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Cython interface between the numpy arrays and the Matrix/Array classes of the Eigen C++ library

Project description

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# Eigency
Eigency is a Cython interface between Numpy arrays and Matrix/Array
objects from the Eigen C++ library. It is intended to simplify the
process of writing C++ extensions using the Eigen library. Eigency is
designed to reuse the underlying storage of the arrays when passing
data back and forth, and will thus avoid making unnecessary copies
whenever possible. Only in cases where copies are explicitly requested
by your C++ code will they be made.

Below is a description of a range of common usage scenarios. A full working
example of both setup and these different use cases is available in the
`test` directory distributed with the this package.

## Setup
To import eigency functionality, add the following to your `.pyx` file:
```
from eigency.core cimport *
```
In addition, in the `setup.py` file, the include directories must be
set up to include the eigency includes. This can be done by calling
the `get_includes` function in the `eigency` module:
```
import eigency
...
extensions = [
Extension("module-dir-name/module-name", ["module-dir-name/module-name.pyx"],
include_dirs = [".", "module-dir-name"] + eigency.get_includes()
),
]
```
Eigency includes a version of the Eigen library, and the `get_includes` function will include the path to this directory. If you
have your own version of Eigen, just set the `include_eigen` option to False, and add your own path instead:

```
include_dirs = [".", "module-dir-name", 'path-to-own-eigen'] + eigency.get_includes(include_eigen=False)
```

## From Numpy to Eigen
Assume we are writing a Cython interface to the following C++ function:

```c++
void function_w_mat_arg(const Eigen::Map<Eigen::MatrixXd> &mat) {
std::cout << mat << "\n";
}
```

Note that we use `Eigen::Map` to ensure that we can reuse the storage
of the numpy array, thus avoiding making a copy. Assuming the C++ code
is in a file called `functions.h`, the corresponding `.pyx` entry could look like this:

```
cdef extern from "functions.h":
cdef void _function_w_mat_arg "function_w_mat_arg"(Map[MatrixXd] &)

# This will be exposed to Python
def function_w_mat_arg(np.ndarray array):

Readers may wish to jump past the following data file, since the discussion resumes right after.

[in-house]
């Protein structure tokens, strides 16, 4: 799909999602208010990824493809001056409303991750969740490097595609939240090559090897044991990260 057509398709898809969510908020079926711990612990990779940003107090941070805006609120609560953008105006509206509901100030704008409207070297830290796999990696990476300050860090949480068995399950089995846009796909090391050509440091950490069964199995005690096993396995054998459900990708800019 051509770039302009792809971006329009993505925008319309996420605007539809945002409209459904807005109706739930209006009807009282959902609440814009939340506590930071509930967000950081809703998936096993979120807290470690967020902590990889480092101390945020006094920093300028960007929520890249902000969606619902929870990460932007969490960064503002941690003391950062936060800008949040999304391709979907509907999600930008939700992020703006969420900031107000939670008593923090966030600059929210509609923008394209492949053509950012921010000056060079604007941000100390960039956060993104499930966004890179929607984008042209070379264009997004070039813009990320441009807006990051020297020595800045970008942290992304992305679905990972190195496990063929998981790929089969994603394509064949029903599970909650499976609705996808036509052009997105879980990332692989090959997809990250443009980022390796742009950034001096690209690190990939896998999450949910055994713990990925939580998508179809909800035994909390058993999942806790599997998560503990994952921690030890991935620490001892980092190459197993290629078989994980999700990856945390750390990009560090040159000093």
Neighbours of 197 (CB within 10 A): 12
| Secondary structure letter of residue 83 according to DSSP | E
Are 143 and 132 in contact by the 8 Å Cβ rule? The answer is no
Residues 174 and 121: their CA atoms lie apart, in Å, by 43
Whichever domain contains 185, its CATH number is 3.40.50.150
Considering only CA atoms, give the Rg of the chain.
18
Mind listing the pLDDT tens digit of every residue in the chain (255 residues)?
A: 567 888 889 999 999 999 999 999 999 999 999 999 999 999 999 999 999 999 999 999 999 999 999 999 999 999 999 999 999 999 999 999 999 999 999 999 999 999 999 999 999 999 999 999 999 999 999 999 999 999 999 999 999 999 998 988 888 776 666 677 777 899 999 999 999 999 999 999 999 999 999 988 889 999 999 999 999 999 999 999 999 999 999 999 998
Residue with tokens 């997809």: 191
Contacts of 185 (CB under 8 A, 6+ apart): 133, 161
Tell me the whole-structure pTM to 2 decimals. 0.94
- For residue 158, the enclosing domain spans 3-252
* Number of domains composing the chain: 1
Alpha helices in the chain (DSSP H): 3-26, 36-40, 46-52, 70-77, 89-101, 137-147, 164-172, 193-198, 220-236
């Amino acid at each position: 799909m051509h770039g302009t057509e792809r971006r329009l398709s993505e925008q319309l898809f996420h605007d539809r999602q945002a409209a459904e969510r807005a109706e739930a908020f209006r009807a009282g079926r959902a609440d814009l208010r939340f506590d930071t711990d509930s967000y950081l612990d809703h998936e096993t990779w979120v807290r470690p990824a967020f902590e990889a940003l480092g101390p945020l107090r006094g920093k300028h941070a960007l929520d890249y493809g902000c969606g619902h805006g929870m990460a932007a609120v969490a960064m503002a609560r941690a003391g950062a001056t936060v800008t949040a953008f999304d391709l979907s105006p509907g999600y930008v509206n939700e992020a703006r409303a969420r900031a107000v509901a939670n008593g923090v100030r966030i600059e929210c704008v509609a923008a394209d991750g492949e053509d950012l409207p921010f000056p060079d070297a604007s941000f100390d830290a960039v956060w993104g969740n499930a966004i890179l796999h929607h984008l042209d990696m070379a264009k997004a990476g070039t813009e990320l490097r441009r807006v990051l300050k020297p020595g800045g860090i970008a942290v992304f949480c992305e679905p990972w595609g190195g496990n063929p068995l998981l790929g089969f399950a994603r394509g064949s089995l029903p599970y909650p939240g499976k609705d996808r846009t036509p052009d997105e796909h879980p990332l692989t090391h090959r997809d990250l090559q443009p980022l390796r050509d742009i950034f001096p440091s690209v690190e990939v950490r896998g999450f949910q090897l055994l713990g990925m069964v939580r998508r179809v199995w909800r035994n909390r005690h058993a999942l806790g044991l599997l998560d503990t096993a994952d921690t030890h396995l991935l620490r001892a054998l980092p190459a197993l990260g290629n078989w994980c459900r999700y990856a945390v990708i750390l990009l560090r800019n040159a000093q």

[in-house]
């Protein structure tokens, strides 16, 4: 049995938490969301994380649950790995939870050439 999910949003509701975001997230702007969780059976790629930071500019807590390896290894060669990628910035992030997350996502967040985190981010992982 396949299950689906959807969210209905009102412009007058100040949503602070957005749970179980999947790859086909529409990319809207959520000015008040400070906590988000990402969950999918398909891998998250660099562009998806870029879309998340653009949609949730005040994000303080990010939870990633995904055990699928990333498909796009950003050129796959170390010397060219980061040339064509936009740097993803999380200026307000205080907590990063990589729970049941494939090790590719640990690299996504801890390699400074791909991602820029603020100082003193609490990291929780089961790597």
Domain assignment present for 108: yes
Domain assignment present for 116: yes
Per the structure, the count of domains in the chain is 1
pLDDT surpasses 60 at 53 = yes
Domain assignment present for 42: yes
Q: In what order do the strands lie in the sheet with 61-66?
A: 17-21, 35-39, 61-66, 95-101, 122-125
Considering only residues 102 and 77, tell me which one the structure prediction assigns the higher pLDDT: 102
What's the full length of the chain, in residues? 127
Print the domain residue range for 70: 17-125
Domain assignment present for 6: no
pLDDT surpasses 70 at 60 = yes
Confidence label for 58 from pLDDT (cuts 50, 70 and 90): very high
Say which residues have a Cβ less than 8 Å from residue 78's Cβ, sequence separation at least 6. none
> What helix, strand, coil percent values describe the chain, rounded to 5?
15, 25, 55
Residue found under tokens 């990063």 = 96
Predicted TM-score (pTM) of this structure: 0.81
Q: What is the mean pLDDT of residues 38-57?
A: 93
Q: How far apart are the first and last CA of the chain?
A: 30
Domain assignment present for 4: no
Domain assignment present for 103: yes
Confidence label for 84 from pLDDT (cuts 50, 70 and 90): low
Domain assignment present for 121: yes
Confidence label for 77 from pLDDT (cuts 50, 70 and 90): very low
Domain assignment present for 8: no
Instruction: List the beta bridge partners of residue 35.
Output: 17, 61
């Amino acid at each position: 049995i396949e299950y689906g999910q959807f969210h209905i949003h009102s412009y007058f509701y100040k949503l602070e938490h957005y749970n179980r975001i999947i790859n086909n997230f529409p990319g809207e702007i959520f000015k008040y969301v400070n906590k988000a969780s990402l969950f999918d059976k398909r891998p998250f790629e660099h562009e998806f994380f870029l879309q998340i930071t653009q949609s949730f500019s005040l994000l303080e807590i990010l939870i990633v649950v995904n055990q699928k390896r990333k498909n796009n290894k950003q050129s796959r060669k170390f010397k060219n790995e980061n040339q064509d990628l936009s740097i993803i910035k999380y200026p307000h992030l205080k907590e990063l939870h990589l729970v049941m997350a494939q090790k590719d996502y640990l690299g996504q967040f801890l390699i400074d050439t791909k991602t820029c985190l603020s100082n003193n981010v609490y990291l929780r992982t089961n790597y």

return _function_w_mat_arg(Map[MatrixXd](array))
```

The last line contains the actual conversion. `Map` is an Eigency
type that derives from the real Eigen map, and will take care of
the conversion from the numpy array to the corresponding Eigen type.

We can now call the C++ function directly from Python:
```python
>>> import numpy as np
>>> import eigency_tests
>>> x = np.array([[1.1, 2.2], [3.3, 4.4]])
>>> eigency_tests.function_w_mat_arg(x)
1.1 3.3
2.2 4.4
```
(if you are wondering about why the matrix is transposed, please
see the Storage layout section below).

## Types matter

The basic idea behind eigency is to share the underlying representation of a
numpy array between Python and C++. This means that somewhere in the process,
we need to make explicit which numerical types we are dealing with. In the
function above, we specify that we expect an Eigen MatrixXd, which means
that the numpy array must also contain double (i.e. float64) values. If we instead provide
a numpy array of ints, we will get strange results.

```python
>>> import numpy as np
>>> import eigency_tests
>>> x = np.array([[1, 2], [3, 4]])
>>> eigency_tests.function_w_mat_arg(x)
4.94066e-324 1.4822e-323
9.88131e-324 1.97626e-323
```
This is because we are explicitly asking C++ to interpret out python integer
values as floats.

To avoid this type of error, you can force your cython function to
accept only numpy arrays of a specific type:

```
cdef extern from "functions.h":
cdef void _function_w_mat_arg "function_w_mat_arg"(Map[MatrixXd] &)

# This will be exposed to Python
def function_w_mat_arg(np.ndarray[np.float64_t, ndim=2] array):
return _function_w_mat_arg(Map[MatrixXd](array))
```

(Note that when using this technique to select the type, you also need to specify
the dimensions of the array (this will default to 1)). Using this new definition,
users will get an error when passing arrays of the wrong type:

```python
>>> import numpy as np
>>> import eigency_tests
>>> x = np.array([[1, 2], [3, 4]])
>>> eigency_tests.function_w_mat_arg(x)
Traceback (most recent call last):
File "<stdin>", line 1, in <module>
File "eigency_tests/eigency_tests.pyx", line 87, in eigency_tests.eigency_tests.function_w_mat_arg
ValueError: Buffer dtype mismatch, expected 'float64_t' but got 'long'
```

Since it avoids many surprises, it is strongly recommended to use this technique
to specify the full types of numpy arrays in your cython code whenever
possible.


## Writing Eigen Map types in Cython

Since Cython does not support nested fused types, you cannot write types like `Map[Matrix[double, 2, 2]]`. In most cases, you won't need to, since you can just use Eigens convenience typedefs, such as `Map[VectorXd]`. If you need the additional flexibility of the full specification, you can use the `FlattenedMap` type, where all type arguments can be specified at top level, for instance `FlattenedMap[Matrix, double, _2, _3]` or `FlattenedMap[Matrix, double, _2, Dynamic]`. Note that dimensions must be prefixed with an underscore.